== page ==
Hope and Curiosity Compel Us Forward

“Um, sorry.  No offense, but, I like don’t care at all about your struggle to find a husband. What really interests me is the dude hunting the Skunk Apes.”

Yeah, man.  I know.  It’s November, and I’m sitting in Steve Almond’s small group workshop at the Sanibel Island Writers’ Conference with all five other participants and Steve Almond staring at me as a young man in his 20s offers that particular critique of the short essay I submitted for discussion.  It was a 5-page blast of creative non-fiction comparing my hunting Skunk Apes with Dave Shealy to being in my 30s and looking for a suitable life partner (the similarity in activites is striking), and I can’t argue with this young man.  I knew it writing the essay–Dave is enough, Dave is too much, Dave is and always will be much more entertaining and intoxicating than I will ever be because out of nowhere Dave can say things like, “I told you about all that time I spent working with the supercomputer, didn’t I?”  No.  “When I was in prison?”  Um, no.  “Well, I suspect that may have messed with my thinking.” Of all your life’s experiences, Dave, and that’s what affected your thinking?  It wasn’t…I don’t know…growing up in the violent outlaw frontier Never-Neverland of the Everglades?

The essay belongs to him; I just happened to write my relationships into it because we were allowed only 10 pages for the workshop, and I knew there was no way someone like Dave Shealy was going to fit on ten pages.  I can barely tell you relevant background in 10 pages, much less a story.

So, I threw myself in there, and even as I was writing, I knew the part about my relationship hunt was a distraction.  Eventually, I was going to have to suck it up and write about Dave and me and ditch the straw man analogy between a man’s quest for a mythical beast and a woman’s.  I suppose that’s implicit in writing about Dave and me and relationships and love and such–somehow the Skunk Ape becomes True Love, a thing of legend, a shadowy figure glimpsed without witnesses, an elusive beast we chase out of conviction and prove with suspicious evidence; a thing that makes us a laughingstock with reasonable folk.  Men battle the Beast.  That is their job in the cultural myth of humanity.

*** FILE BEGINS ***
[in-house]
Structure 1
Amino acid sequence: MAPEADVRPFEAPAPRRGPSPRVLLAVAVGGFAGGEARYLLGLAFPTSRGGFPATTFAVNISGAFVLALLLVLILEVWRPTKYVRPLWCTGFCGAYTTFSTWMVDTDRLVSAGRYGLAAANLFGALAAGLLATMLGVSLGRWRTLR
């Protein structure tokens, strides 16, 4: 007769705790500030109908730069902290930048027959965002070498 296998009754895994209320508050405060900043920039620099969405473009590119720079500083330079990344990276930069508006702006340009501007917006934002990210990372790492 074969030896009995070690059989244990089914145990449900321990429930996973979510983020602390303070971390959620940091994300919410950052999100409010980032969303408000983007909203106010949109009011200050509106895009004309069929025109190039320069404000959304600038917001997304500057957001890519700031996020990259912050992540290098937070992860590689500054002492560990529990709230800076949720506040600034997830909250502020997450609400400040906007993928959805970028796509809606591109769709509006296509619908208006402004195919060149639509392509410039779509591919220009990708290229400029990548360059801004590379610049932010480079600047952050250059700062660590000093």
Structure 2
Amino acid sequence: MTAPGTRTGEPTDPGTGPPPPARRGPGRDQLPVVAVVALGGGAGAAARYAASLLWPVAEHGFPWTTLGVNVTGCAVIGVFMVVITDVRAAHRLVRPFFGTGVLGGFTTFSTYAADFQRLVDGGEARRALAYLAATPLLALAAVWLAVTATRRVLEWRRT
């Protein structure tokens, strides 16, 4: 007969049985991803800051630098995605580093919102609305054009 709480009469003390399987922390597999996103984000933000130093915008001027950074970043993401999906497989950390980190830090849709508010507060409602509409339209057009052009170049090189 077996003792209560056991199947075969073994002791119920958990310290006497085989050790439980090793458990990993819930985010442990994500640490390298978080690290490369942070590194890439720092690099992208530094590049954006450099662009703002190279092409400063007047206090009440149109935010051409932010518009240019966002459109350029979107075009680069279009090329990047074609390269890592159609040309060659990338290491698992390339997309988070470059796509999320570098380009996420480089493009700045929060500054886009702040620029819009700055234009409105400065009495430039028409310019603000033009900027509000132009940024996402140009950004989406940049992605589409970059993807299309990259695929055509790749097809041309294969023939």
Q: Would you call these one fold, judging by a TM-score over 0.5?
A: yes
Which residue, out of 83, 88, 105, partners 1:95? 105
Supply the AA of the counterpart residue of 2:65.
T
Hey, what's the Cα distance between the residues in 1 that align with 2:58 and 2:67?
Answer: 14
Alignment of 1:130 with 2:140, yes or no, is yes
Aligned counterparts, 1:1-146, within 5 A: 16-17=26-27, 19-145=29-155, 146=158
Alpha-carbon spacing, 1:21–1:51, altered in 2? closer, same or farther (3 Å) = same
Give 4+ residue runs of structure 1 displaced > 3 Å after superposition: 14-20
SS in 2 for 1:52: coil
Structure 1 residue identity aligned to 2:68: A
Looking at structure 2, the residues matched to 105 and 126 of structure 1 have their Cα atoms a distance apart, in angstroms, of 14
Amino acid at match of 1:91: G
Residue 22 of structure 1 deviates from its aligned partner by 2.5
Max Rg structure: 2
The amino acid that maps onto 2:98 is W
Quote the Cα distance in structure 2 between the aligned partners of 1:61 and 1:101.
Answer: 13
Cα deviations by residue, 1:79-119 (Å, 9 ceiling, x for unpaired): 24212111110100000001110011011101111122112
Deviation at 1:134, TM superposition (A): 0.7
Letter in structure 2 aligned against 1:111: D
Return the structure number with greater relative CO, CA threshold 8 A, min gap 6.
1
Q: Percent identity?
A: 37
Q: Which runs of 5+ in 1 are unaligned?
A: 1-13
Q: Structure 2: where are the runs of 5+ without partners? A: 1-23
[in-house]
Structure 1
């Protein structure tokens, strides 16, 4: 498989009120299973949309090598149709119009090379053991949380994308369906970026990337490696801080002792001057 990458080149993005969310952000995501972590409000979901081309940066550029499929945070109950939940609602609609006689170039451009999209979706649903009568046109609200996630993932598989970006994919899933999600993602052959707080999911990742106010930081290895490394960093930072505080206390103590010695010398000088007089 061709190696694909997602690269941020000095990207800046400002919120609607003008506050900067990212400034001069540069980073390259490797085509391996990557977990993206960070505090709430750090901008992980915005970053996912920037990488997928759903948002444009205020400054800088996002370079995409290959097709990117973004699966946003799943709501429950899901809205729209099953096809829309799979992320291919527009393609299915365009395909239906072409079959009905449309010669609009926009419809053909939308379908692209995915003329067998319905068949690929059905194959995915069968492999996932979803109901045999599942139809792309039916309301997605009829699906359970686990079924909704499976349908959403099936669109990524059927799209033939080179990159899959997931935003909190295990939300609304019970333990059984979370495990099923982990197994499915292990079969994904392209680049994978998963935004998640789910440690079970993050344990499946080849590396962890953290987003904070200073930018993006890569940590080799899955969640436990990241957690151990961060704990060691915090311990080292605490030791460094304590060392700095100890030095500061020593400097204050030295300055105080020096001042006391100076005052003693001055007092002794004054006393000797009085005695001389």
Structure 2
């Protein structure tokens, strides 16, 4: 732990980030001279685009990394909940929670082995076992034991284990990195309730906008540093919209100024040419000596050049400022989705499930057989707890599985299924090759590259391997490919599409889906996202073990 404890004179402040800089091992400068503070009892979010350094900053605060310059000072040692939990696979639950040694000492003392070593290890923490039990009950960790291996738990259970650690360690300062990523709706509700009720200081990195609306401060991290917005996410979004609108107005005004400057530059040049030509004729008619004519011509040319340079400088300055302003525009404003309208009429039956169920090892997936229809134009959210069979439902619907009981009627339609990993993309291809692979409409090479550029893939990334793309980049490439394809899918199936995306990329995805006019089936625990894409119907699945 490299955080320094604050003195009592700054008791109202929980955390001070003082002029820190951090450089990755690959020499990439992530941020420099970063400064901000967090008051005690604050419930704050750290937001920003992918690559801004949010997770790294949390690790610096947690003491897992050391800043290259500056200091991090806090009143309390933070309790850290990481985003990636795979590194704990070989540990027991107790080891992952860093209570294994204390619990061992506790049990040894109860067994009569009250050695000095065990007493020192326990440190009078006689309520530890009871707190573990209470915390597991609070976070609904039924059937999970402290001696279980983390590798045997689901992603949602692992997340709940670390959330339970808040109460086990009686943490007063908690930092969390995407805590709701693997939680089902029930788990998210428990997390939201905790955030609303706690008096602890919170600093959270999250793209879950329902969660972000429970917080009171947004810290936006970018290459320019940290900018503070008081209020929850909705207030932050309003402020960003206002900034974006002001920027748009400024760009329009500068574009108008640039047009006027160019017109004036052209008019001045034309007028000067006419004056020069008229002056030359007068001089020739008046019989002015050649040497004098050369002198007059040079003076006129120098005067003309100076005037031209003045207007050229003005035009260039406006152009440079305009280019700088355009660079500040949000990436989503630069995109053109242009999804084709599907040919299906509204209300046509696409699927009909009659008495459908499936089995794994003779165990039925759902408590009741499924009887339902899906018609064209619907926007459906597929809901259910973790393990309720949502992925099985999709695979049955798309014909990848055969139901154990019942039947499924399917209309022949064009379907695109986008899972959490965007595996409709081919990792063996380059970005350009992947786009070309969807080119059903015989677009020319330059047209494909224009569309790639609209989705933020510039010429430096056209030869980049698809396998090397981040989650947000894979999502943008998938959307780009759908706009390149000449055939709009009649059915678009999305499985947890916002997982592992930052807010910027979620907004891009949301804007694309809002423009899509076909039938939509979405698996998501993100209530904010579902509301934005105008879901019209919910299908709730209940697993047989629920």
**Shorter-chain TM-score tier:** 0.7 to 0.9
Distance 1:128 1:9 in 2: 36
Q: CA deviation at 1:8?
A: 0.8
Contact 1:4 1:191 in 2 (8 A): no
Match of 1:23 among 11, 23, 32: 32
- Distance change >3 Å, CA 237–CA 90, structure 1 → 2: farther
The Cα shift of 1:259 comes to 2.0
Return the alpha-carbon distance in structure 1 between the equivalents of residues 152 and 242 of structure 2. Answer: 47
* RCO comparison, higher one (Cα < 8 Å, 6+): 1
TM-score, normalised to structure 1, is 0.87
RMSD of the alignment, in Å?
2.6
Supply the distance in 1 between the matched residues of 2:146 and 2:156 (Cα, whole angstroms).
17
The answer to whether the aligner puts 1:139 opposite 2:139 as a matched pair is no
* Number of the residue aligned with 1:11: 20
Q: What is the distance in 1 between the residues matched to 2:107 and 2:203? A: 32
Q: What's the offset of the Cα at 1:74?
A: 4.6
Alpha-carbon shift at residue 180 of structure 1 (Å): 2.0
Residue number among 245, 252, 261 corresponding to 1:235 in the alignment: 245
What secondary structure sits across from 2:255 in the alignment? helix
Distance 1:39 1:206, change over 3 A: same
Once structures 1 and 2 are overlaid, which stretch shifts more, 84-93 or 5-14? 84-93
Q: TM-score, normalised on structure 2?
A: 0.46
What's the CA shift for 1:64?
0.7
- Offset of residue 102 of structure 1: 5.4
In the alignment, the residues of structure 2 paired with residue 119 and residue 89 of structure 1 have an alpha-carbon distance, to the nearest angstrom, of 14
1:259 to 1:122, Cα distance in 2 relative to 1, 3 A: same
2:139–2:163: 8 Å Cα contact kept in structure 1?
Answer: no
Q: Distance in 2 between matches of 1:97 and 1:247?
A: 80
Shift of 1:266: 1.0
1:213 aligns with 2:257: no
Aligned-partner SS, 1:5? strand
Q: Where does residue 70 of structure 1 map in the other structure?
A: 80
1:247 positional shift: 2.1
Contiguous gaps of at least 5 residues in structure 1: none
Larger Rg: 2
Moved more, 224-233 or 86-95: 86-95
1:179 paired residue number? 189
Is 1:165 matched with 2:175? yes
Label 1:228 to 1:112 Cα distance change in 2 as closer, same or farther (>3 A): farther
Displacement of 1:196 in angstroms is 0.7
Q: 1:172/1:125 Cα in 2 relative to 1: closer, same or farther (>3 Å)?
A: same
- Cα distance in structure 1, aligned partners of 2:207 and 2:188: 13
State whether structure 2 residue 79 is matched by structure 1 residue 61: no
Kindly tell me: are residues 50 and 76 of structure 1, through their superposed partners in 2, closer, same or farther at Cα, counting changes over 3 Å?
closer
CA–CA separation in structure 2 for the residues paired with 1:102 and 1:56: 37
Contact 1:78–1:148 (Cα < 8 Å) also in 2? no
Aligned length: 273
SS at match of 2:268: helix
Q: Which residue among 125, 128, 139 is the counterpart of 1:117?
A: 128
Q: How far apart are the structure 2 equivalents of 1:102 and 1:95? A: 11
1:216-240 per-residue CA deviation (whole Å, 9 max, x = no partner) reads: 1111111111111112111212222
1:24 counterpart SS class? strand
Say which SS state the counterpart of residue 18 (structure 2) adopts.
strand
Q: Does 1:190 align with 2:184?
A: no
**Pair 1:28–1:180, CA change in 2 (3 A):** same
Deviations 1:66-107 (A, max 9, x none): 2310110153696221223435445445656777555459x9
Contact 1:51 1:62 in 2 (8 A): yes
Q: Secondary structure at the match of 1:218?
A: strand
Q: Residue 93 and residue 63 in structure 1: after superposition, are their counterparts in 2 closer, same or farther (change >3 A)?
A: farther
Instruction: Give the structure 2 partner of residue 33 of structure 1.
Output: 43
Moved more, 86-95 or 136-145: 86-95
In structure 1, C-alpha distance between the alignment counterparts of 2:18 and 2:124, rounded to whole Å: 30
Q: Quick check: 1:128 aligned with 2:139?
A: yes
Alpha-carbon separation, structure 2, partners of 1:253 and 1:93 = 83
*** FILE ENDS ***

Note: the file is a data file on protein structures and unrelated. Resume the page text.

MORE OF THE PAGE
Women battle beasts, too, but ours is supposed to transform into a prince at the end of the story, and well.

[clears throat] I digress.  You lost interest there, didn’t you?  Because you want to know about Dave and the Skunk Ape.  I know, I know.  I’m getting to that.

If you’re just now coming to the blog, let me recap:  last July, I asked Dave Shealy, the Skunk Ape Expert of the Everglades, to take me on a skunk ape hunt so I could write about it for a workshop I was doing with Steve Almond (My Life in Heavy Metal, The Evil B.B. Chow, God Bless America, and a recent collection of dirty–ahem, erotic–stories).  My idea was that I would practice with creative nonfiction, and Skunk Ape hunting with Dave would surely provide enough material for any number of essays, books, documentaries, reality tv shows.  If you don’t know who Dave Shealy is, do a quick Google search.  A nice selection of video clips of Dave in local and national interviews about the Skunk Ape will hit, and you will find yourself meeting one of the most self-fabricated celebrities in a land of like-minded con men and caricatures, renegades, outlaws, folk heroes, and legends-in-their-own-minds.